Susceptibility status of the wild-caught Phlebotomus argentipes (Diptera Psychodidae: Phlebotominae), the sand fly vector of visceral leishmaniasis, to different insecticides in Nepal

Lalita Roy, Surendra Uranw, Kristien Cloots, Tom Smekens, Usha Kiran, Uttam Raj Pyakurel, Murari Lal Das, Rajpal S Yadav, Wim Van Bortel

Research output: Contribution to journalA1: Web of Science-articlepeer-review

Abstract

BACKGROUND: Visceral leishmaniasis (VL) is targeted for elimination as a public health problem in Nepal by 2023. For nearly three decades, the core vector control intervention in Nepal has been indoor residual spraying (IRS) with pyrethroids. Considering the long-term use of pyrethroids and the possible development of resistance in the vector Phlebotomus argentipes sand flies, we monitored the susceptibility status of their field populations to the insecticides of different classes, in villages with and without IRS activities in recent years.

METHODOLOGY/PRINCIPAL FINDINGS: Sand flies were collected from villages with and without IRS in five VL endemic districts from August 2019 to November 2020. The WHO susceptibility test procedure was adopted using filter papers impregnated at the discriminating concentrations of insecticides of the following classes: pyrethroids (alpha-cypermethrin 0.05%, deltamethrin 0.05%, and lambda-cyhalothrin 0.05%), carbamates (bendiocarb 0.1%) and organophosphates (malathion 5%). Pyrethroid resistance intensity bioassays with papers impregnated with 5× of the discriminating concentrations, piperonyl butoxide (PBO) synergist-pyrethroid bioassays, and DDT cross-resistance bioassays were also performed. In the IRS villages, the vector sand flies were resistant (mortality rate <90%) to alpha-cypermethrin and possibly resistant (mortality rate 90-97%) to deltamethrin and lambda-cyhalothrin, while susceptibility to these insecticides was variable in the non-IRS villages. The vector was fully susceptible to bendiocarb and malathion in all villages. A delayed knockdown time (KDT50) with pyrethroids was observed in all villages. The pyrethroid resistance intensity was low, and the susceptibility improved at 5× of the discriminating concentrations. Enhanced pyrethroid susceptibility after pre-exposure to PBO and the DDT-pyrethroid cross-resistance were evident.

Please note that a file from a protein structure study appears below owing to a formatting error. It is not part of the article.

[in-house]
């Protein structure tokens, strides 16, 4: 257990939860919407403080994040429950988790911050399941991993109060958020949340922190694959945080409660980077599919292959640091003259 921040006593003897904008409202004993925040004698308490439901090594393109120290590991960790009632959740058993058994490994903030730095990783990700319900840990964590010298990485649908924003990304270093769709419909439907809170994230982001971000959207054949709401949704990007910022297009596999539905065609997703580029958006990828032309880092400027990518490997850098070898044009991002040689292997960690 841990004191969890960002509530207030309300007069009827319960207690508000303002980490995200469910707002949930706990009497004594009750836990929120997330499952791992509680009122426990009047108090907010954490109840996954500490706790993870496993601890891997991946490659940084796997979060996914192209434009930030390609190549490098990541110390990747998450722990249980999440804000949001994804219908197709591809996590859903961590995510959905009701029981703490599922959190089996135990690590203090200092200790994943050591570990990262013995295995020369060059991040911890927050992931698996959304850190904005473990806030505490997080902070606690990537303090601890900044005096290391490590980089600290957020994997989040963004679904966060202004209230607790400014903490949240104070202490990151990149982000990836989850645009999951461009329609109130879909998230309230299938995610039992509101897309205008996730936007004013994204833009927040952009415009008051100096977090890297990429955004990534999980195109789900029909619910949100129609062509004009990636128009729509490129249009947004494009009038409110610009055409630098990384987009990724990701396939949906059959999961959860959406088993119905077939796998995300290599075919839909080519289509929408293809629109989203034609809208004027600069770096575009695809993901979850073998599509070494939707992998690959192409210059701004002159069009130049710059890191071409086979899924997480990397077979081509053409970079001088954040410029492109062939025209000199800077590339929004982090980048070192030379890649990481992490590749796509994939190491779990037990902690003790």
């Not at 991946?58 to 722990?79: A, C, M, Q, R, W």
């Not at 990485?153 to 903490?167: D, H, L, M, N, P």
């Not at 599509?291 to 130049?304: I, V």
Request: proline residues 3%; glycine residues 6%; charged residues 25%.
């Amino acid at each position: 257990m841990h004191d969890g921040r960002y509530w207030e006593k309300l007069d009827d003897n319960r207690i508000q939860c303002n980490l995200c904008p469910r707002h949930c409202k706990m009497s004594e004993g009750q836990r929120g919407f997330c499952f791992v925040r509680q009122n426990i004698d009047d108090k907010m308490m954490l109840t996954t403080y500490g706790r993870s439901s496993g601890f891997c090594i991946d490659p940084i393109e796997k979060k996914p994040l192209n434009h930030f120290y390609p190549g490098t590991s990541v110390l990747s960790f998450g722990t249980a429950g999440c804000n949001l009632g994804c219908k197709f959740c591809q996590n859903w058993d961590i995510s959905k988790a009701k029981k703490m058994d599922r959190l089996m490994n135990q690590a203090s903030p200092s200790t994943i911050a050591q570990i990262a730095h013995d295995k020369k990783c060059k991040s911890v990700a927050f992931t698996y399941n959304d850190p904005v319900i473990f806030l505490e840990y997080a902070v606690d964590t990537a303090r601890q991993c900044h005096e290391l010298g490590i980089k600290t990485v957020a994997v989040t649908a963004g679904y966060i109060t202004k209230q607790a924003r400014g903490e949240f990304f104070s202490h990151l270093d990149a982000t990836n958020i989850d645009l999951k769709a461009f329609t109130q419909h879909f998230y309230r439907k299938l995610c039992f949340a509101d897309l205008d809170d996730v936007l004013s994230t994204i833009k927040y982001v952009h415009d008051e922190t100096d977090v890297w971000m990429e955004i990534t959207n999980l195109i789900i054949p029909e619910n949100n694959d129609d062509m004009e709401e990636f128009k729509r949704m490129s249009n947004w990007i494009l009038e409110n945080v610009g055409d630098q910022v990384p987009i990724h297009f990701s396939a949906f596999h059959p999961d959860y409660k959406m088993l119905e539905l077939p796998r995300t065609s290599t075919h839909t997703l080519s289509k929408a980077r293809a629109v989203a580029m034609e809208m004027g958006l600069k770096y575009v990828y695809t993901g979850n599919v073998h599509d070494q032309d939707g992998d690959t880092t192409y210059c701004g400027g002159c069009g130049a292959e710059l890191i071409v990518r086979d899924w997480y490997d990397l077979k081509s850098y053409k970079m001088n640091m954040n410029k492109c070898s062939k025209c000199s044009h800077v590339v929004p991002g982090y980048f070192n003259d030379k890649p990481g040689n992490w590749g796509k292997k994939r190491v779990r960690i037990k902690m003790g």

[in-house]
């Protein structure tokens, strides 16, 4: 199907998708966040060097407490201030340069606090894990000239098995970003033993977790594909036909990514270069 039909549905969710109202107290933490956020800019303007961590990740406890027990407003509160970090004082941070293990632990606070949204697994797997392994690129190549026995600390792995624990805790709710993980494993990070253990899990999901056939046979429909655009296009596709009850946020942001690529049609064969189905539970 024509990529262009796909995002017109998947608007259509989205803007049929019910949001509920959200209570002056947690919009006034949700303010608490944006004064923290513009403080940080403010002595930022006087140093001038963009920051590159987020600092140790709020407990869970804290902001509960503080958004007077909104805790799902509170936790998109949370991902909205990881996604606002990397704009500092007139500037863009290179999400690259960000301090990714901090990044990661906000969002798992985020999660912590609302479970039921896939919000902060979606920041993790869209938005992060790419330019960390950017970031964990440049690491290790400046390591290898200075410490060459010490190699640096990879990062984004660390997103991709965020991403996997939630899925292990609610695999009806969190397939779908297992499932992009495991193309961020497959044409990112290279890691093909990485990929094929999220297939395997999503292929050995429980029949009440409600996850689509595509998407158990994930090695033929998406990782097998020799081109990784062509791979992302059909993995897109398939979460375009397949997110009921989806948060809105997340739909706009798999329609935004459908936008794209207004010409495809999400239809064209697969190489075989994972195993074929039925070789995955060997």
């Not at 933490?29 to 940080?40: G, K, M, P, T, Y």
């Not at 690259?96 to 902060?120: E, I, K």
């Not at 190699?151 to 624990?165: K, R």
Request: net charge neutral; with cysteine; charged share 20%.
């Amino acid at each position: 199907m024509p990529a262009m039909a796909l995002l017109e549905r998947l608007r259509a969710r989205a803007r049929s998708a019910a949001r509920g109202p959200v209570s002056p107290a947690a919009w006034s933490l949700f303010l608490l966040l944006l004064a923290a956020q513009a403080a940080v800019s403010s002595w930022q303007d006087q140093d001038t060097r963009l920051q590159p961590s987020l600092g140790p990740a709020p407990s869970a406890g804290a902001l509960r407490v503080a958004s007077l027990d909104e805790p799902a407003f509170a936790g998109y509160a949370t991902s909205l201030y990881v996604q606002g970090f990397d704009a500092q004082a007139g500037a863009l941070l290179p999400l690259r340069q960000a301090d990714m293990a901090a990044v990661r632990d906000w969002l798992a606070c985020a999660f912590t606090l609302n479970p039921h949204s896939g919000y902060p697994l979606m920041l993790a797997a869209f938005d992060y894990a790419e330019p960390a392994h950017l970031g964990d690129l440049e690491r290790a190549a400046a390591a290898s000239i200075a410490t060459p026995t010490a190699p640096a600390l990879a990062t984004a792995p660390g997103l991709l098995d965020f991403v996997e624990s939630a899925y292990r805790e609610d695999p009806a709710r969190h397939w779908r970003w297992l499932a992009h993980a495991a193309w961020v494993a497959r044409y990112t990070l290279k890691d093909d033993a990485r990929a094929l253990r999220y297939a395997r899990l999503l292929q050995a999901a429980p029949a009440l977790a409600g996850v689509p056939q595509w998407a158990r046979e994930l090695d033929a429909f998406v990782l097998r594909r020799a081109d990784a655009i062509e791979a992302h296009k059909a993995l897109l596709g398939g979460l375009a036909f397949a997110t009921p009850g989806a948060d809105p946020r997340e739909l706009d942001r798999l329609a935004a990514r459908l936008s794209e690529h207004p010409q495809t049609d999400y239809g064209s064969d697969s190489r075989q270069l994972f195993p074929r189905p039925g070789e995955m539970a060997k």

CONCLUSIONS/SIGNIFICANCE: Our investigation showed that P. argentipes sand flies have emerged with pyrethroid resistance, suggesting the need to switch to alternative classes of insecticides such as organophosphates for IRS. We strongly recommend the regular and systematic monitoring of insecticide resistance in sand flies to optimize the efficiency of vector control interventions to sustain VL elimination efforts in Nepal.

Original languageEnglish
JournalPLoS Neglected Tropical Diseases
Volume16
Issue number7
Pages (from-to)e0010304
ISSN1935-2727
DOIs
Publication statusPublished - 2022

Keywords

  • Animals
  • DDT
  • Insecticide Resistance
  • Insecticides/pharmacology
  • Leishmaniasis, Visceral/epidemiology
  • Malathion
  • Nepal/epidemiology
  • Phlebotomus
  • Psychodidae
  • Pyrethrins/pharmacology

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